Row Type Two: Coloured Blue. Field one is the unique reference and appears as eph and three digits including leading zeros where appropriate. To find the next reference number to allocate, the pull-down tab at the top will show all the existing lines in order. A new entry is thus the next number. Field two indicates the type of record present in this row and is always the word 'static'. Only one static row exists for each maker. Field three is the company name as text. Field four is the unique maker reference number as three digits. Field four is the index number of the exhibits list for that make or [k] if no exhibits are held. The format is always inx followed by five digits when present. Field six is the filename of the descriptive file for that make or [k] to indicate no file present.

Row Type three: Coloured black. This row type is present zero, one or many times and forms the advert descriptions. Field one is the unique reference. Field two is the record type tag 'adverts'. Field three is the name of the publication the advert appeared in. Field four is the four digit number of the advert page information in the adverts.txt file. Field five is the description. Field six is the date of publication. The format is month (day), year. This constant format is used to extract the four digit year for the adverts by year index.

Row Type four: Coloured green. Field one is the unique maker reference. Field two is the row type indicator, in this case 'boxes'. Field three is [k] to denote that it is not used. Field four is the three digit number of the box description in the boxes.txt file. Field five is the name of the valve that went into the box. Field six is [k] to denote that the field is not used.

Row Type five: Coloured red. Field one is the unique maker reference. Field two is the row type and in this case the mandatory 'stop' field terminates a maker's set of entries. Field four contains a snapshot from August 2021 of the number of valve exhibits held. This is used to order the maker Name tags for the validation look-up file and thus place the most used tags at the top of the list. The rest of the fields are set to [k] as they are not used.

Additional Technical Features Index

Technical Features Index.

This workbook contains the titles and links, as HTML, to the additional technical features articles.

The first row is the output filename and is denoted by a pair of asterisks at the start.

The other rows have the explicit link information and article title together with the HTML typography tags.

This file replaced an explicit HTML page with this set of records and an HTML page template. The software adds spaces every five entries for clarity. Updating manually was a slow process.

Main Index headings Files

One of the classified indexes.

Essentially this is a mapping and headings file combined. The indexing process places the appropriate data into the named files allowing the information to appear in the same place with each iteration of the museum. At processing time the list is joined by the list of makers. The latter generated from the Ephemera data. The output classified index headings file contains makes as well as valve characteristics as all the index build comes from a common program. The file main-inx.new is edited to remove the maker section and then renamed main-inx.htm for publication. Clumsy, but currently a legacy of the 2015 software.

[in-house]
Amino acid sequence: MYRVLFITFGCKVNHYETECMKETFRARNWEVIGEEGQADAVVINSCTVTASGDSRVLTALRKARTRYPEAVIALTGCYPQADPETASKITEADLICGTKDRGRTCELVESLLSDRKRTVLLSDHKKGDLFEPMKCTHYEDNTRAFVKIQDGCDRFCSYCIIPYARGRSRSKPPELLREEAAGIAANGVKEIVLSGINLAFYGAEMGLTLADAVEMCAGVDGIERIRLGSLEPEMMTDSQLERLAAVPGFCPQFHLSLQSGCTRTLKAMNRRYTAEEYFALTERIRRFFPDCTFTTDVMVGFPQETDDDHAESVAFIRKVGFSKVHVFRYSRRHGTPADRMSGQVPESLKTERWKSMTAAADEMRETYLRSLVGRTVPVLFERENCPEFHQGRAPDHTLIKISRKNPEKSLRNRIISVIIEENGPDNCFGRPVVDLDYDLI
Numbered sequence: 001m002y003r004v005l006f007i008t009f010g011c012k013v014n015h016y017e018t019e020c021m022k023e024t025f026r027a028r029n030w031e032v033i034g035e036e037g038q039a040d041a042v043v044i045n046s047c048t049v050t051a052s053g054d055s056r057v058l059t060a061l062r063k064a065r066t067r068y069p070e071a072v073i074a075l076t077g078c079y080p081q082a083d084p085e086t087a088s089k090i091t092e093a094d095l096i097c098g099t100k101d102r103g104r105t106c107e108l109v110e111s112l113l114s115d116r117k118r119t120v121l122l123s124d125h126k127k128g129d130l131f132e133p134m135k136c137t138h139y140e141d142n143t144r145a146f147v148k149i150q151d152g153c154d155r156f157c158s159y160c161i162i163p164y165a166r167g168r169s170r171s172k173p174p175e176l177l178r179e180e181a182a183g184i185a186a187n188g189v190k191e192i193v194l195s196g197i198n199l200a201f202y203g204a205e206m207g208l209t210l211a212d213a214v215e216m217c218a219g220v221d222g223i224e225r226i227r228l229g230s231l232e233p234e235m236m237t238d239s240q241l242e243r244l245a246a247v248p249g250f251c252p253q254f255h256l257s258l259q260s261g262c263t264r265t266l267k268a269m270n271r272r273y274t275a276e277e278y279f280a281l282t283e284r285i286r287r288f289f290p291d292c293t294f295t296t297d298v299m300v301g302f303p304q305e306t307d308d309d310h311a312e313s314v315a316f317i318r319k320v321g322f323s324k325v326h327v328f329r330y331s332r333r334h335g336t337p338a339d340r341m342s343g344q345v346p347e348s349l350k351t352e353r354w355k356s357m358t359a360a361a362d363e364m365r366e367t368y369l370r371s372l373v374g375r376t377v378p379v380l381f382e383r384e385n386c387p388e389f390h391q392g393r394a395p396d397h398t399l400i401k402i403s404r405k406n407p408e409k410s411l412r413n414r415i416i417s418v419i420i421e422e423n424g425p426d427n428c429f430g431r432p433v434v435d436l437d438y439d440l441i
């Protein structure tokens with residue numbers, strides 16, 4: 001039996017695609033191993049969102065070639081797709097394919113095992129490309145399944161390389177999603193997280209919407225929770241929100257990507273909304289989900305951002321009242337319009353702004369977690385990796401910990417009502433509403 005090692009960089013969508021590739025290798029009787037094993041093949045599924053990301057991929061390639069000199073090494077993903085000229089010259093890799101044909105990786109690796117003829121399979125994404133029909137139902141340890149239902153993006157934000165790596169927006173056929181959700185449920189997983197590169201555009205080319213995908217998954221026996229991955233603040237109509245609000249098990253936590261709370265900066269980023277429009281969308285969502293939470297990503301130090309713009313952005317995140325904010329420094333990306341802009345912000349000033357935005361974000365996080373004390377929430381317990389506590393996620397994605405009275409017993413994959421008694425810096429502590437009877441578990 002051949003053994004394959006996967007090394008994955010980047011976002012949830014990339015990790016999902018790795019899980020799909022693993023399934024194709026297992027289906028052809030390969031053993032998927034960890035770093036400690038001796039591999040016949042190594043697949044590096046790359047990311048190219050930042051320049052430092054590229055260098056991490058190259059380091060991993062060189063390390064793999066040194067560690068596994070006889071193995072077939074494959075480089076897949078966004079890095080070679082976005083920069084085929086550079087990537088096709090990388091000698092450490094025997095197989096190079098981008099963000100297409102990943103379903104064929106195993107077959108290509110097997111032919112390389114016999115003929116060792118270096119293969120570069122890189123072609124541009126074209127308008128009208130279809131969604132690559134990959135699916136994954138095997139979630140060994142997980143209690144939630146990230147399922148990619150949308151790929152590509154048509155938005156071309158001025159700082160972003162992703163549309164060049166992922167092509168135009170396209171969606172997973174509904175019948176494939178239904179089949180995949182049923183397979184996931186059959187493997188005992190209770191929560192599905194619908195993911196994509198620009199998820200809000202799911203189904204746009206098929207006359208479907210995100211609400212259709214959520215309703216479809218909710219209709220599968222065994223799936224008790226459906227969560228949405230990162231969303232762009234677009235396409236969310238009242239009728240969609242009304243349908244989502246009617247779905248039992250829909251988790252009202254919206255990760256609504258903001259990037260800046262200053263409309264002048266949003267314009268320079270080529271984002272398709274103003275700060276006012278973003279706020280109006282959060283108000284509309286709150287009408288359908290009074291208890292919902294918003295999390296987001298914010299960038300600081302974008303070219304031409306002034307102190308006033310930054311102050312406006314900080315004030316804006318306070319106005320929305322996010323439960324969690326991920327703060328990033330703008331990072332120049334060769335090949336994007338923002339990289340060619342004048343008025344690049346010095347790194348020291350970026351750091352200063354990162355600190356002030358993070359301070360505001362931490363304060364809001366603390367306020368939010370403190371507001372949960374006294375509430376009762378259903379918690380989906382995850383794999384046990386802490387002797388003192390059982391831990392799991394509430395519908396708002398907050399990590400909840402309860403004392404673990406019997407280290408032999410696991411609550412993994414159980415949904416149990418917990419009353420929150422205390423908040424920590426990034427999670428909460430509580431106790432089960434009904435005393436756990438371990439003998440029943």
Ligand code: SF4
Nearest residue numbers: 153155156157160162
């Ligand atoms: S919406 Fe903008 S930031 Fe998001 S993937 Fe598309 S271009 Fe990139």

These rows are HTML lines for merging with a page template file. zero, one or many standard links appear before the href tag with a space between the link and the tag. These extra links form the right hand extras menu for the index.

Other classified index headings files.

These are present in the workbook and operate in the same way as the example above.

Collections Index

Index to Museum Collections.

Functionally identical to the above examples. This list is merged with the HTML page containing the links to external sites and in the merging adds the typography.


The rebuild after editing process is managed by the program NVM-Edit.exe that is also the database edit controller. The operation commences by running a batch file insert-heads.bat. For exhibit editing the .exb files are not deleted, for a full rebuild run they are removed to avoid duplicates.

The edit aspect of the controller requires a valid file name to work with aaa1234 etc. The notepad++ program and the file are loaded - virtually instantaneously. When editing of a file is complete it is saved and closed. Then the notepad++ program is closed. This action passes control back to the main program. The program then builds the output .csv file for the single record and validates the data in the process - a batch process. If error free the control program returns to wait for a new file name. If the data is faulty the notepad++ program is loaded with an error file. Note of the issues are taken and the file closed together with notepad++ thus return to the control program. The exhibit is presented for correction.

When editing is concluded by typing 'bye' at the prompt the program goes on to ask if the rebuild should take place. A series of N answers are required to finally exit. For a full rebuild the .exb files are removed and the edit phase by-passed. The rebuild questions are answered in the affirmative. The exhibit files have two flavours one for the friends site and SCHC card and the other for the r-type.org site.

As of August 2021 the files are kept on the h: drive in the museum directory and sub-directories. Backups exist in several sites and formats.